3. In the Unlock Cluster confirmation dialog, enter Unlock Cluster and click OK.

    This will release the cluster lock that was placed on all of the appliances in the cluster and close the operation.

IMPORTANT: Care should be taken when unlocking a locked cluster. It should only be used when you are sure that one or more appliances in the cluster are offline and will not finish the current operation. If you force the cluster unlock, you may cause instability on an appliance, requiring a factory reset and possibly the need to rebuild the cluster. If you are unsure about the operation in progress, do NOT unlock the cluster.

Task delegation in a cluster

A Safeguard for Privileged Passwords' cluster delegates platform management tasks (such as password and SSH key check and password and SSH key change) to appliances based on platform task load. The primary appliance performs delegation and evaluates cluster member suitability using an internal fitness score that is calculated by dividing the number of in-use platform task threads by the maximum number of allowed platform task threads.

The maximum number of allowed platform task threads can be adjusted using the Appliance/Settings API and adjusting the MaxPlatformTaskThreads value. By adjusting this number, you can tune task distribution.

IMPORTANT: Adjusting the MaxPlatformTaskThreads will impact SPP's available resources for handling access requests and may impact user experience. Best practice is to engage Professional Services if the value may need to be changed.

Increasing the maximum number of allowed platform task threads will decrease the fitness score thus increasing the number of tasks passed to that appliance.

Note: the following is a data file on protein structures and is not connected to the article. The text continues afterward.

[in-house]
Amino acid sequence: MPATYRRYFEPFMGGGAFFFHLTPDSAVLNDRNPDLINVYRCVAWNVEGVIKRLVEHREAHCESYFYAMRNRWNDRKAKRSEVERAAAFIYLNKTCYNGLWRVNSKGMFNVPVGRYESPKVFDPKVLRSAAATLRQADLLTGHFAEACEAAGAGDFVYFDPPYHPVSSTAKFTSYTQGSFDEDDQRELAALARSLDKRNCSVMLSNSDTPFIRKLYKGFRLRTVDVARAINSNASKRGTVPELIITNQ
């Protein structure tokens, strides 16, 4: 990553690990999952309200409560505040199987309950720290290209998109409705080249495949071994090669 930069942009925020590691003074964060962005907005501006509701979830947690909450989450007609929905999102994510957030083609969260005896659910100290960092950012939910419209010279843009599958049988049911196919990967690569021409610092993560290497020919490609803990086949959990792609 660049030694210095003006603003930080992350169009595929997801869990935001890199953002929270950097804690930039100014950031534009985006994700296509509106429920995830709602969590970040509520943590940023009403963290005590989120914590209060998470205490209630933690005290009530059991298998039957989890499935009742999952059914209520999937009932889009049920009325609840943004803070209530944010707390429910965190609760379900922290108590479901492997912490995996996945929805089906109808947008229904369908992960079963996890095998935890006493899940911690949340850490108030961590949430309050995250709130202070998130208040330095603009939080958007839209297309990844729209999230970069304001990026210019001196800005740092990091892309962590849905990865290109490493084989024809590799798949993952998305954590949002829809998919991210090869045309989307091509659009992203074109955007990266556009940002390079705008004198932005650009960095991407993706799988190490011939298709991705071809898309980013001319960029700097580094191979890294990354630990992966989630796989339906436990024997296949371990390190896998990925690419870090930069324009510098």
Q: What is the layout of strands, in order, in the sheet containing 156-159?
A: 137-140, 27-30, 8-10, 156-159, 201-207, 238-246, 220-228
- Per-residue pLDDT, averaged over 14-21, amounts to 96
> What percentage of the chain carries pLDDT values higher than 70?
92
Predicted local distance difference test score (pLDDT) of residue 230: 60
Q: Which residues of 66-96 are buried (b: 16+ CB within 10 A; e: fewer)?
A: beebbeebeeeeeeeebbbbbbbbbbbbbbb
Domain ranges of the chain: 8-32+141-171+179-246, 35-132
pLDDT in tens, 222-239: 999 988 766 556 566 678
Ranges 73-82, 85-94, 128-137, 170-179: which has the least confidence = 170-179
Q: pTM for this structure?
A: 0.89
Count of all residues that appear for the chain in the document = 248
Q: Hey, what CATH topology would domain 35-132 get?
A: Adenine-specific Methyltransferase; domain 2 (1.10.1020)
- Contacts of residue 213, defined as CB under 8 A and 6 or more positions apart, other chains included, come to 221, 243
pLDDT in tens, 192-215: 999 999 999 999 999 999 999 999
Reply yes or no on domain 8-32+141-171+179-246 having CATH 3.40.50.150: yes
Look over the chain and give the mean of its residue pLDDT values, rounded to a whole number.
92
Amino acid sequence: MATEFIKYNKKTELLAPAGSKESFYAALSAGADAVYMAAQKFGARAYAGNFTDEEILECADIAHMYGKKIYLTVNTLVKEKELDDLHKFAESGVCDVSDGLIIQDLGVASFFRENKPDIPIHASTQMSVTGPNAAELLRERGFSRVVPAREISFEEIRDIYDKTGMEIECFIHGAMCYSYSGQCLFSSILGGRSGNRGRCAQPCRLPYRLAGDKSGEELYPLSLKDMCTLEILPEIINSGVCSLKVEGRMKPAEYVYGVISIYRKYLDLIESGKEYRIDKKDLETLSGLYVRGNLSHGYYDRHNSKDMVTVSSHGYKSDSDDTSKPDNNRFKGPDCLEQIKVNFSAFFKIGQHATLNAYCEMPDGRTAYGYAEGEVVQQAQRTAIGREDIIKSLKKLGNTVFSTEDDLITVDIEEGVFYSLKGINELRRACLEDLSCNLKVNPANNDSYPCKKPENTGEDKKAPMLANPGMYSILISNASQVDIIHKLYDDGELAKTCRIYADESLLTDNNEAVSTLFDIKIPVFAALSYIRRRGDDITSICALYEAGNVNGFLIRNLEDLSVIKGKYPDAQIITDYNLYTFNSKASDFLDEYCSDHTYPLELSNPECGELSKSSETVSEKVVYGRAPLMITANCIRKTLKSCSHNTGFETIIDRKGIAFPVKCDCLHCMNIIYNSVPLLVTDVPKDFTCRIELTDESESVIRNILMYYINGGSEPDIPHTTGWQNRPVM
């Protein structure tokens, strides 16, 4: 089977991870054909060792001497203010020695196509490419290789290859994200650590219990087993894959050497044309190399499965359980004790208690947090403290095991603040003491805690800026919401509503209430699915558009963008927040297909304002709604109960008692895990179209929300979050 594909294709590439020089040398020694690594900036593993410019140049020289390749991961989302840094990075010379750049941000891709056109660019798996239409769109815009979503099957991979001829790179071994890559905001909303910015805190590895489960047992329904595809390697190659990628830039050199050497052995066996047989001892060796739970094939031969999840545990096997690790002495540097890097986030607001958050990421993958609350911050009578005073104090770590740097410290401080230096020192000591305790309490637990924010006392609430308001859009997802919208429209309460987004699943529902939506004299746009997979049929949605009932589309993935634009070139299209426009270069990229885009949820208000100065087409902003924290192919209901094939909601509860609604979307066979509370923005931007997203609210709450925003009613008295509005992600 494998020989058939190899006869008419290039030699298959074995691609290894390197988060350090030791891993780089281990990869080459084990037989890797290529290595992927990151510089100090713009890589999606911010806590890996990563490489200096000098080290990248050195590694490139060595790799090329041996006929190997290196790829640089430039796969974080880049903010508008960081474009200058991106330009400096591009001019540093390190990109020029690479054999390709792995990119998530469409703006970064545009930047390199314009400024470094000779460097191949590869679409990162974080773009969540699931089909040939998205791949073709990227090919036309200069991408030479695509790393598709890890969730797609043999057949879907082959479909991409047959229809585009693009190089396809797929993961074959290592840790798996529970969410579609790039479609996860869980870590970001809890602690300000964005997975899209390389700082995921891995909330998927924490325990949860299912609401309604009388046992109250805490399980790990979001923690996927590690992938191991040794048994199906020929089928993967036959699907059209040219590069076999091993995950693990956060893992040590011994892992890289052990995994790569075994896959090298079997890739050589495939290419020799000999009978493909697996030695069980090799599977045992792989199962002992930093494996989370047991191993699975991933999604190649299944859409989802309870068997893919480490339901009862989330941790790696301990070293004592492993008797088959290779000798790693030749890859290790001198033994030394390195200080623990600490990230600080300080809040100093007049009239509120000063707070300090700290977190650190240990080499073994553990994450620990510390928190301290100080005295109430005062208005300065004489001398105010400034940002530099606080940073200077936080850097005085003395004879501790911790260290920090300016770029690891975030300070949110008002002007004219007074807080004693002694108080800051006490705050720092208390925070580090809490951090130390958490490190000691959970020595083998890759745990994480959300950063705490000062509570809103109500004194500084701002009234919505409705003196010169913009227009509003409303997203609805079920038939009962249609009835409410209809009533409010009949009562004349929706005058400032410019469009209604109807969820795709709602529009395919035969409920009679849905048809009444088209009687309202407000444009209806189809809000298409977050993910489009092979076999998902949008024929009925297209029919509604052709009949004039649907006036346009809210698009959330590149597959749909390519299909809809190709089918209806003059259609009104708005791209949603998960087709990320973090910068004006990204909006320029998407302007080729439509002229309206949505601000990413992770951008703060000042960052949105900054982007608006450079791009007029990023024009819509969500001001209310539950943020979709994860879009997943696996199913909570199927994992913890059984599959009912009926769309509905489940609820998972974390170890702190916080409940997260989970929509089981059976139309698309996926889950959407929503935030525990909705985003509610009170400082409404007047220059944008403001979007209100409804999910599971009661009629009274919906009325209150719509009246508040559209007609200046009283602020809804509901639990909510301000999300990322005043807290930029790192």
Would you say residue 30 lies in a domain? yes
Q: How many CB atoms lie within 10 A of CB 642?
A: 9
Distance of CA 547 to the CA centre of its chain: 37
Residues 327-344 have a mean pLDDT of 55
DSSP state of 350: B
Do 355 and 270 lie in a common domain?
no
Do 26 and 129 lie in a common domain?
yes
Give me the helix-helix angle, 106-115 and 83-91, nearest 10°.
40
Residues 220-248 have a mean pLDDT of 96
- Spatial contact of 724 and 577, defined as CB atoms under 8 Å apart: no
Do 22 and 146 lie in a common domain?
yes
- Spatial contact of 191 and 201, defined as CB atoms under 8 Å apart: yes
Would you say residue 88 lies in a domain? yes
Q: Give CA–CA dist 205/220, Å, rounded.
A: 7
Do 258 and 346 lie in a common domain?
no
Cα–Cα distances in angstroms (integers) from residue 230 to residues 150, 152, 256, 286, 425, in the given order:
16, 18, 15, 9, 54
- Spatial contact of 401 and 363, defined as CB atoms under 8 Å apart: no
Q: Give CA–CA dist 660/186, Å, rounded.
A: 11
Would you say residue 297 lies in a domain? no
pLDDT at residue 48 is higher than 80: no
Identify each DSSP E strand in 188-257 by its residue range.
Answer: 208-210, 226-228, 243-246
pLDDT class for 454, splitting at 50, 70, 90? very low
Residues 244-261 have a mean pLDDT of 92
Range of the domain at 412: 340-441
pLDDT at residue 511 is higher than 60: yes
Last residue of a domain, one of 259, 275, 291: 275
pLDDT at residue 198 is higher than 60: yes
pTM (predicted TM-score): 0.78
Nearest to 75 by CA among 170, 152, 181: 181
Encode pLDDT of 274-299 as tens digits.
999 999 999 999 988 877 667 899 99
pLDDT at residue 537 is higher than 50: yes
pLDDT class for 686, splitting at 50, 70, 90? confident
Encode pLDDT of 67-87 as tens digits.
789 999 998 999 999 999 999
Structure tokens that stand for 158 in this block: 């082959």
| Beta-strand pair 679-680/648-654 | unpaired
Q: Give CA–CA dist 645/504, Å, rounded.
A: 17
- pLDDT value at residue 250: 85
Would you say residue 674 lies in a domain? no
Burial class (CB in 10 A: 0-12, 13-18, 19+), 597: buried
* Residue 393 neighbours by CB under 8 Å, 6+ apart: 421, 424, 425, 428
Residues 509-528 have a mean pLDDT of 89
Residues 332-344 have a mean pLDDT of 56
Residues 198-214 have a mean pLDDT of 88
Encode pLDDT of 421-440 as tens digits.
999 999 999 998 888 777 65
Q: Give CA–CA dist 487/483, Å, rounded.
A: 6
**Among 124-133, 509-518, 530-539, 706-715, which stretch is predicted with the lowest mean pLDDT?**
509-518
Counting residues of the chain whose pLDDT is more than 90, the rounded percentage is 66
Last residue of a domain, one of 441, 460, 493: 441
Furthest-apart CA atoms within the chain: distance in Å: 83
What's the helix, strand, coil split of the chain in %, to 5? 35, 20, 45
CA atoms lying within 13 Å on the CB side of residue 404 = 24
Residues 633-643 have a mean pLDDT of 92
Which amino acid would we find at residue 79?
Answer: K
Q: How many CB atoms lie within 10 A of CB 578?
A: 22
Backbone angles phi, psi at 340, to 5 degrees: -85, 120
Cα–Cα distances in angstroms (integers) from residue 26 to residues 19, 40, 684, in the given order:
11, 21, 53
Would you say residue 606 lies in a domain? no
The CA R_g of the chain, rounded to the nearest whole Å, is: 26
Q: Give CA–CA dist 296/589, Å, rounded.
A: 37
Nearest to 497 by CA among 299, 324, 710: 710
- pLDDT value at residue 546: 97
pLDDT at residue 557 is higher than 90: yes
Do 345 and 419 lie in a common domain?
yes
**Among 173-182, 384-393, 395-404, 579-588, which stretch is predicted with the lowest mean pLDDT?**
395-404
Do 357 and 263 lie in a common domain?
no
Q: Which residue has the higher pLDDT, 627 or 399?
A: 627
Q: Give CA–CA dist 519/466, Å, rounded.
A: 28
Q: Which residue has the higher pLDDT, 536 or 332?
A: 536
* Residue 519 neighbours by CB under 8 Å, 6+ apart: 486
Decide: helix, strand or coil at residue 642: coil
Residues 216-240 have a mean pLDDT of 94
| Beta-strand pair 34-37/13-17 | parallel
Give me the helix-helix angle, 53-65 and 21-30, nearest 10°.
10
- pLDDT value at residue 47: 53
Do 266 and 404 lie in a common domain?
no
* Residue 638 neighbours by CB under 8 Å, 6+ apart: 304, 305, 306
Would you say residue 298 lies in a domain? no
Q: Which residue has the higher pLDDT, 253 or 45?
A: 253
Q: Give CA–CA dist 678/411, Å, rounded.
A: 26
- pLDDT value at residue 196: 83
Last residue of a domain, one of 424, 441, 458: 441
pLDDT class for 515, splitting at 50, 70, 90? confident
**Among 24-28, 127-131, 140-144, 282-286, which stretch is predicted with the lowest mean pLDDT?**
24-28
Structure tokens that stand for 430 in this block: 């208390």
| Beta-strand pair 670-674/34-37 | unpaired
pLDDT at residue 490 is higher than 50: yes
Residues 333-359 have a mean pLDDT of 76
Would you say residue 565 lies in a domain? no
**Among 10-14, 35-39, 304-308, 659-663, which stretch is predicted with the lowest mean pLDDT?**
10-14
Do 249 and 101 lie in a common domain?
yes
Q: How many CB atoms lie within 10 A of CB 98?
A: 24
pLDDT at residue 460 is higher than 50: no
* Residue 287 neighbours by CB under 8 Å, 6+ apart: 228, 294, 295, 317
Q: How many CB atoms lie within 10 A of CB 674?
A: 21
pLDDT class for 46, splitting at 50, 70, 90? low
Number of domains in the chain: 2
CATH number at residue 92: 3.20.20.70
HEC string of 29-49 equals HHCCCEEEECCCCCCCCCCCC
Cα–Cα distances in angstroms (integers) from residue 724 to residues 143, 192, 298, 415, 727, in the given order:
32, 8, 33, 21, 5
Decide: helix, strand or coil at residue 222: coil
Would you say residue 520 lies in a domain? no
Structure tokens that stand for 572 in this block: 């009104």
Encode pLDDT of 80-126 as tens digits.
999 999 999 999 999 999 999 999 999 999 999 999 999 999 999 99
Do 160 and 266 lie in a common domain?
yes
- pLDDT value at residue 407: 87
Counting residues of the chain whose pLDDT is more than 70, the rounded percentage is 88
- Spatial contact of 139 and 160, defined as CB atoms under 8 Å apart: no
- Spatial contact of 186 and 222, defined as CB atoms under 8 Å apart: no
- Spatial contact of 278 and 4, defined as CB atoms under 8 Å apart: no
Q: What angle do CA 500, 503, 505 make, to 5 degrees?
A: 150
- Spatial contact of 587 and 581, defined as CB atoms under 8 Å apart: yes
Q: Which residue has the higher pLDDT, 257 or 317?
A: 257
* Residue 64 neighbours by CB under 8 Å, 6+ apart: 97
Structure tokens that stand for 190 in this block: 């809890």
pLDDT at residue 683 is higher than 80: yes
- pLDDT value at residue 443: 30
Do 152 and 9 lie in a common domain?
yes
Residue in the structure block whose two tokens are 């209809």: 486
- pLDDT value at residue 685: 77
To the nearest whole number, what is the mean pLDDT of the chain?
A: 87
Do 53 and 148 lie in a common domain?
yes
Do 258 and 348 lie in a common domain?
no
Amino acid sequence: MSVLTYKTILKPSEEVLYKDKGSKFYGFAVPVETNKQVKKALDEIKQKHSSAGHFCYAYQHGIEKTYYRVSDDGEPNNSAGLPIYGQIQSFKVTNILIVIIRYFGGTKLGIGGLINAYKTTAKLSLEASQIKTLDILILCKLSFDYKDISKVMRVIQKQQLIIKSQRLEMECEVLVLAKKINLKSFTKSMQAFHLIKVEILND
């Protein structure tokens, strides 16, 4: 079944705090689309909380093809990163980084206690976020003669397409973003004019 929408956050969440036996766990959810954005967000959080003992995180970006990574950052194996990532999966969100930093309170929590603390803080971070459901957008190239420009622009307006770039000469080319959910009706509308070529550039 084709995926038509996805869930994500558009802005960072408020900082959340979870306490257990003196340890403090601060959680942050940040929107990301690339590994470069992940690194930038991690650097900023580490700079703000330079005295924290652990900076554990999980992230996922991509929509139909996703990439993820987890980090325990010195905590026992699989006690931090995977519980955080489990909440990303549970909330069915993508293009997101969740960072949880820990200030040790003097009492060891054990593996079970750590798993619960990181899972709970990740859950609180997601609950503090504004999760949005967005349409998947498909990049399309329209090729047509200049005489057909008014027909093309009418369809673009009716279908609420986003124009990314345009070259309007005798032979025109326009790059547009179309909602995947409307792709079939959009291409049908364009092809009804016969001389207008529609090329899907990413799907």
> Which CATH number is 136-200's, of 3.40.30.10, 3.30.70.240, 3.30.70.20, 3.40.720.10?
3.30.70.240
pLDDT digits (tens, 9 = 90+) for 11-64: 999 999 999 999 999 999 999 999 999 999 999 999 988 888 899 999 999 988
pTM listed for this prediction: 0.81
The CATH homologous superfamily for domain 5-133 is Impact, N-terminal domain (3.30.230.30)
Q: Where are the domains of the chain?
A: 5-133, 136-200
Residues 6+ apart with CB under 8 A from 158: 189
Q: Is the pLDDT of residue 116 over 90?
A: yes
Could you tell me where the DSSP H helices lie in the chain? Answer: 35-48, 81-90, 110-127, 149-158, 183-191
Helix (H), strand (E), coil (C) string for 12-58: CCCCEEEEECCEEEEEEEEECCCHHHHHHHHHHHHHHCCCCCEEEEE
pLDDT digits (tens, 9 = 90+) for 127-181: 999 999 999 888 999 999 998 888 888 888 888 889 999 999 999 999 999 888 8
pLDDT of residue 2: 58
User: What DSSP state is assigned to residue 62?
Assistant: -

The fitness score is cached and is recalculated in 8-minute intervals when the scheduler is not busy. When the scheduler is running tasks, the fitness score is calculated more frequently so the scheduler can dynamically adjust.

The selection of a Safeguard for Privileged Sessions Appliance is primarily dependent on managed network rules. However, if there aren't any managed network rules or if the managed network rules result in more than one Safeguard for Privileged Sessions appliances selected, a fitness score is used as the tie breaker. The fitness score is calculated based on the percentage of disk available minus the overall load average of the Safeguard for Privileged Sessions appliance. (Load average is a Linux metric which provides a numerical indication of the overall resource capacity in use on the server.) The higher the fitness score, the more likely that the corresponding appliance will be selected.

Password distribution in a cluster